eBay Inc. is a global commerce leader that connects millions of buyers and sellers around the world. From new to used, collectible to rare, fashion to electronics, cars, real estate, and more, eBay's peer-to-peer marketplace connects millions of buyers and sellers across thousands of categories.
Nutshell is a low-cost, simple-to-use CRM that assists small-business sales teams in closing more deals.Nutshell Integrations
It's easy to connect eBay + Nutshell without coding knowledge. Start creating your own business flow.
Triggers when a new order is made.
Triggers when any order is updated.
Triggers when a lead is won.
Triggers when new Activity is created.
Triggers when new Company is created.
Triggers when a new Lead is created.
Triggers when new Person is created.
Creates a new Company.
Creates a new Lead.
Creates a new Person.
Updates an existing Lead.
eBay is one of the largest Internet auction sites. Its main competitors are Yahoo! Auctions and Amazon.com. It is based in San Jose, California, and was founded in 1995 by Pierre Omidyar, a French-born Iranian American. The name eBay is a play on the word "ebay," which is an English slang word for a local auction. The company's corporate headquarters is located in San Jose, California, and it has offices in Berlin, Germany; Austin and Dallas, Texas; Hong Kong; London; and Paris. As of December 31, 2006, eBay had 97,000 employees. eBay operates several other sites including Half.com (which offers half off books. and Shopping.com (which offers online retailers a place to sell their products.
Pierre Omidyar was born in Paris, France in 1967 to an Iranian father and French mother. He moved with his family to the United States in 1979 after the Iranian Revpution. In 1995, he developed eBay as a business plan for his University of Illinois MBA thesis. The original site was developed using Perl and HTML and ran on FreeBSD servers from a branch office of Omidyar's employer, the Silicon Valley Bank at 911 San Mateo Street, San Jose. In 1997 the site became available in two more languages (Dutch and Korean. but still was not translated into English until 2001.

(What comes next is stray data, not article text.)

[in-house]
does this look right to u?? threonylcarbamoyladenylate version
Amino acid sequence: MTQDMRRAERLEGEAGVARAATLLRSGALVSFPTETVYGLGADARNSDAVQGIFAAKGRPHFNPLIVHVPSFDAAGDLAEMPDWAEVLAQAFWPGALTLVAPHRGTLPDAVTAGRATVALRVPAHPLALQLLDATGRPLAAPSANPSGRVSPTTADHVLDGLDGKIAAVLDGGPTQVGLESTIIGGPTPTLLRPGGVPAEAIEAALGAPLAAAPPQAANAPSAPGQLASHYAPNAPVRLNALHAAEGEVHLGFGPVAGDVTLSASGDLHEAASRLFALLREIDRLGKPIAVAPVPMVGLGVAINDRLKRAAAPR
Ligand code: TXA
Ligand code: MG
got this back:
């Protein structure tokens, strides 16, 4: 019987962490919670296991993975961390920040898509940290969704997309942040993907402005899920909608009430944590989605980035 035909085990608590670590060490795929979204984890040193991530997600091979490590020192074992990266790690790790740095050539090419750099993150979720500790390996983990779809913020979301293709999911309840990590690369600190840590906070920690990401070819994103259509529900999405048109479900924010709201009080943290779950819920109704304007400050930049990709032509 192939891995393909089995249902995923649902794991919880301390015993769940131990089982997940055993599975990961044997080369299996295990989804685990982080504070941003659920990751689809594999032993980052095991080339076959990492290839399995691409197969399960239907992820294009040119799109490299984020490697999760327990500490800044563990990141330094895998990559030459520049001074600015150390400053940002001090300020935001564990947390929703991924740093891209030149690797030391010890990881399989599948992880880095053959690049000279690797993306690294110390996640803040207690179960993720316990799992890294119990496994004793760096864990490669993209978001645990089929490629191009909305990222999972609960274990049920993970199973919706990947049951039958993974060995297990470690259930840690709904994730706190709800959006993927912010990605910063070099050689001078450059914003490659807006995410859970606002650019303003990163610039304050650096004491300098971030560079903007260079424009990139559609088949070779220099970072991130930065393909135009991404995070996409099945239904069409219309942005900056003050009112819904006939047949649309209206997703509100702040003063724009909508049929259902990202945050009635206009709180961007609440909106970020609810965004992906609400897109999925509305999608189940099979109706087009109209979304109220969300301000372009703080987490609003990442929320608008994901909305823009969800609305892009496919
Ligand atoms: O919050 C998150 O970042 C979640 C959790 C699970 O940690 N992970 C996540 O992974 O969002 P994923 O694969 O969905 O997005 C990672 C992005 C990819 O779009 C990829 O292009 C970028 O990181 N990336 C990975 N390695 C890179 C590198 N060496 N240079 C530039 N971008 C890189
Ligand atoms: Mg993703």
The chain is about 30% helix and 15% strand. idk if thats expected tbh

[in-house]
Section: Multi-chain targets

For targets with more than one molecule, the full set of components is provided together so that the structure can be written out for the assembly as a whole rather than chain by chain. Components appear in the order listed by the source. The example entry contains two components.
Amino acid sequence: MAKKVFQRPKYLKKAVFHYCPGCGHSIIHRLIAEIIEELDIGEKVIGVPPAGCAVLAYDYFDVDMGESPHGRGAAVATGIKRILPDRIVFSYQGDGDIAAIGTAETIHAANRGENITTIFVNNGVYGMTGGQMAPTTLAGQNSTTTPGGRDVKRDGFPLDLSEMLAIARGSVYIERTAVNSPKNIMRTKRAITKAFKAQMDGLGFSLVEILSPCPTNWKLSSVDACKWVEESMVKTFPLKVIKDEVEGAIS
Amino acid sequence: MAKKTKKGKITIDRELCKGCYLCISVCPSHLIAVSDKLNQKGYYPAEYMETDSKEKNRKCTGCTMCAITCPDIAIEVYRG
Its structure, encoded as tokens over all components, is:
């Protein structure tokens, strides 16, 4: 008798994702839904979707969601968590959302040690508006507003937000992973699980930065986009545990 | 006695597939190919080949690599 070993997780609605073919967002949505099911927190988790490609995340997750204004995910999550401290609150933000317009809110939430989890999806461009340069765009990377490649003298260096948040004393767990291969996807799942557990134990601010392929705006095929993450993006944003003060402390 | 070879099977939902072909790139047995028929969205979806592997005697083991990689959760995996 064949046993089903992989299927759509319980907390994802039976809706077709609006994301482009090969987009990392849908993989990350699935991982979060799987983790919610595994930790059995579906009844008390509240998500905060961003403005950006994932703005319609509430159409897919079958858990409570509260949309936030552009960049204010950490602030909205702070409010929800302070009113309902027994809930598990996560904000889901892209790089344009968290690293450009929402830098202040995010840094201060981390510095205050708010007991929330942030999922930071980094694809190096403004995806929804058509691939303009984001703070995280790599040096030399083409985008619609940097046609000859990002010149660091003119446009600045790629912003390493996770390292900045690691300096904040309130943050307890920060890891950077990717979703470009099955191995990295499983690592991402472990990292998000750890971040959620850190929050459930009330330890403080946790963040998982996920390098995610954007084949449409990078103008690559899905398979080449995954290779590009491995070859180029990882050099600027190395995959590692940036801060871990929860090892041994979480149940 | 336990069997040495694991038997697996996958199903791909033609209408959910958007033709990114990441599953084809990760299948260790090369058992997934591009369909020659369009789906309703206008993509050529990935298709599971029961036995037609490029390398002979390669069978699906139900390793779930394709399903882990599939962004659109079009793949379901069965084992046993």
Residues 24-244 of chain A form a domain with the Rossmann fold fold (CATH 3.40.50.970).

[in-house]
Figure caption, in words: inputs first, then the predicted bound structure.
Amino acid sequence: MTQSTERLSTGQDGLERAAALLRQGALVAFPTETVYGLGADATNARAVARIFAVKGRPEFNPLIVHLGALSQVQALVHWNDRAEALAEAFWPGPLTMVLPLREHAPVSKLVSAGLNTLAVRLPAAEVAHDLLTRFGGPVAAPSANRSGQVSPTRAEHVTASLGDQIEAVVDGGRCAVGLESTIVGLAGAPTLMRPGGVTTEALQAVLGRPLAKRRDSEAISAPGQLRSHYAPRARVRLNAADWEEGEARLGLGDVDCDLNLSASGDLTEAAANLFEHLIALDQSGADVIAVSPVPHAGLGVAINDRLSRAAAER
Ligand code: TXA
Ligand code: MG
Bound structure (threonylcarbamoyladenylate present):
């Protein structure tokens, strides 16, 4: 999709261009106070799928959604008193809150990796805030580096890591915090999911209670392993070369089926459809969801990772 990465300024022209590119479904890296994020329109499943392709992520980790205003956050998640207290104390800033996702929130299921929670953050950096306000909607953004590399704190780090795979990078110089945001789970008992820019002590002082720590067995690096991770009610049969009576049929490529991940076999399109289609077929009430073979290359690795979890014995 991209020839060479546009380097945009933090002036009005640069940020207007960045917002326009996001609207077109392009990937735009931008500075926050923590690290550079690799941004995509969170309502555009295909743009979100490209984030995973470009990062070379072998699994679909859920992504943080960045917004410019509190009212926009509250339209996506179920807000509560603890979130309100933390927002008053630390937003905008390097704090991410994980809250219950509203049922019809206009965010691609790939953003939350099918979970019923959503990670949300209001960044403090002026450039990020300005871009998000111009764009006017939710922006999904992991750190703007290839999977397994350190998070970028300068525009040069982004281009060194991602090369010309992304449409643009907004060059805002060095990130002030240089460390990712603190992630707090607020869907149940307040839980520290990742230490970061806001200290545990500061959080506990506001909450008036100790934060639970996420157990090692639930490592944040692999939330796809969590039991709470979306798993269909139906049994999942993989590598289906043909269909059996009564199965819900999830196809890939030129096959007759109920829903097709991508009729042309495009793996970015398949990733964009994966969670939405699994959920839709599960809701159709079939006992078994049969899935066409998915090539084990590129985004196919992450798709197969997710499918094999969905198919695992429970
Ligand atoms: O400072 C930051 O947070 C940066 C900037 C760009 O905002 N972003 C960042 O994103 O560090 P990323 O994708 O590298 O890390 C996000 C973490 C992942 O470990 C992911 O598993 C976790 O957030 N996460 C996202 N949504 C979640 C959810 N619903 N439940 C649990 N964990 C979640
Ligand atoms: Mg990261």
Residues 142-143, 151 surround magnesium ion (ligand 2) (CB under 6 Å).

Omidyar oversaw the rapid growth of eBay from a staff of twenty-four to a global business with thousands of employees. In 2000, when The New York Times reported that eBay was becoming a major channel for counterfeit items, Omidyar responded by saying that he would welcome government regulation if it helped eliminate bad people from the marketplace. As part of eBay's February 2000 efforts to improve its reputation' Omidyar appeared before Congress to lobby for legislation that would allow online consumer protection laws to be enforced against online auction fraud.
In July 2002, eBay announced that it had agreed to acquire PayPal for $1.5 billion in stock, with an additional $500 million possible if performance targets were met. The move provided the company with immediate access to an online payment system in 33 countries. On September 30, 2002, eBay acquired StumbleUpon, a website discovery engine.
In October 2003, eBay opened its new European headquarters in Dublin, Ireland since it offered tax advantages over other European Union member states as well as significant personal benefits to key executives in the company including Omidyar. By 2004, the company had operations in 35 countries and made $1 billion in revenue annually and 2 million registered users who conducted 25 million transactions per day in eBay Marketplaces and worked with 16,000 third-party companies worldwide who made up $30 billion in gross merchandise vpume each year.
Since April 2005, eBay has wanted to expand its services from being an online auction to also include online retail sales. In August 2005, Forbes magazine reported that eBay had been meeting with mall developers to discuss opening stores within shopping malls where sellers could have storefronts just as they do on eBay.com and buyers could come and look at goods rather than bid on them remotely online. The first store opened in Orlando, Florida on October 5, 2005.
On May 26, 2006, eBay unveiled its new corporate logo which depicts an orange disk inside a dark blue circle forming an 'e' shape, similar to how its name is commonly written. The company explained that the logo replaced a previous version that had been easily confused with the trademarked logos of other companies such as NBC and Apple Computer. By 2008, eBay was becoming increasingly popular internationally; 40% of all items spd on the site were being purchased by non-U.S. buyers including large numbers of Chinese customers who were buying internationally for the first time on any large scale basis, making eBay's international presence more important than ever before.